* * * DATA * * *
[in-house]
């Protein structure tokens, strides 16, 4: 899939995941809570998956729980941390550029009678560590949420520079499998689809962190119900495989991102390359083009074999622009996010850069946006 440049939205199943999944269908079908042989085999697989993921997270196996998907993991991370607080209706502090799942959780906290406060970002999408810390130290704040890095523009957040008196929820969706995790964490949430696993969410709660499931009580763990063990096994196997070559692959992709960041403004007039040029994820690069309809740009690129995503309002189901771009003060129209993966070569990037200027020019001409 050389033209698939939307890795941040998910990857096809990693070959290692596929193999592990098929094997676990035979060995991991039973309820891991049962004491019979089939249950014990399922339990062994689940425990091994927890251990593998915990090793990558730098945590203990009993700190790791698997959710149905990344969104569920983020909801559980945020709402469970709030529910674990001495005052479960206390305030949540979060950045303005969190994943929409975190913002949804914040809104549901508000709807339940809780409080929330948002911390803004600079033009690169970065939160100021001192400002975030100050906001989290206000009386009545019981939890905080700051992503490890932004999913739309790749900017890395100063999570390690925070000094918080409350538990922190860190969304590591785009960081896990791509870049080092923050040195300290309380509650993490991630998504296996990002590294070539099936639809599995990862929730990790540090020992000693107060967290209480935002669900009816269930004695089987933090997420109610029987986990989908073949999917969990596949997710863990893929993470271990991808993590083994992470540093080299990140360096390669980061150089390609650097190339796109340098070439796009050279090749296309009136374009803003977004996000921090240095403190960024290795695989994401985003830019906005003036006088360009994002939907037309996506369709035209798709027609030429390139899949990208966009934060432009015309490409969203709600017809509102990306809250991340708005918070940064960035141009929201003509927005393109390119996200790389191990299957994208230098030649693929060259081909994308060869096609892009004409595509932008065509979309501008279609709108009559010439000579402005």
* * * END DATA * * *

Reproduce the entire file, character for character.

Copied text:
[in-house]
């Protein structure tokens, strides 16, 4: 899939995941809570998956729980941390550029009678560590949420520079499998689809962190119900495989991102390359083009074999622009996010850069946006 440049939205199943999944269908079908042989085999697989993921997270196996998907993991991370607080209706502090799942959780906290406060970002999408810390130290704040890095523009957040008196929820969706995790964490949430696993969410709660499931009580763990063990096994196997070559692959992709960041403004007039040029994820690069309809740009690129995503309002189901771009003060129209993966070569990037200027020019001409 050389033209698939939307890795941040998910990857096809990693070959290692596929193999592990098929094997676990035979060995991991039973309820891991049962004491019979089939249950014990399922339990062994689940425990091994927890251990593998915990090793990558730098945590203990009993700190790791698997959710149905990344969104569920983020909801559980945020709402469970709030529910674990001495005052479960206390305030949540979060950045303005969190994943929409975190913002949804914040809104549901508000709807339940809780409080929330948002911390803004600079033009690169970065939160100021001192400002975030100050906001989290206000009386009545019981939890905080700051992503490890932004999913739309790749900017890395100063999570390690925070000094918080409350538990922190860190969304590591785009960081896990791509870049080092923050040195300290309380509650993490991630998504296996990002590294070539099936639809599995990862929730990790540090020992000693107060967290209480935002669900009816269930004695089987933090997420109610029987986990989908073949999917969990596949997710863990893929993470271990991808993590083994992470540093080299990140360096390669980061150089390609650097190339796109340098070439796009050279090749296309009136374009803003977004996000921090240095403190960024290795695989994401985003830019906005003036006088360009994002939907037309996506369709035209798709027609030429390139899949990208966009934060432009015309490409969203709600017809509102990306809250991340708005918070940064960035141009929201003509927005393109390119996200790389191990299957994208230098030649693929060259081909994308060869096609892009004409595509932008065509979309501008279609709108009559010439000579402005």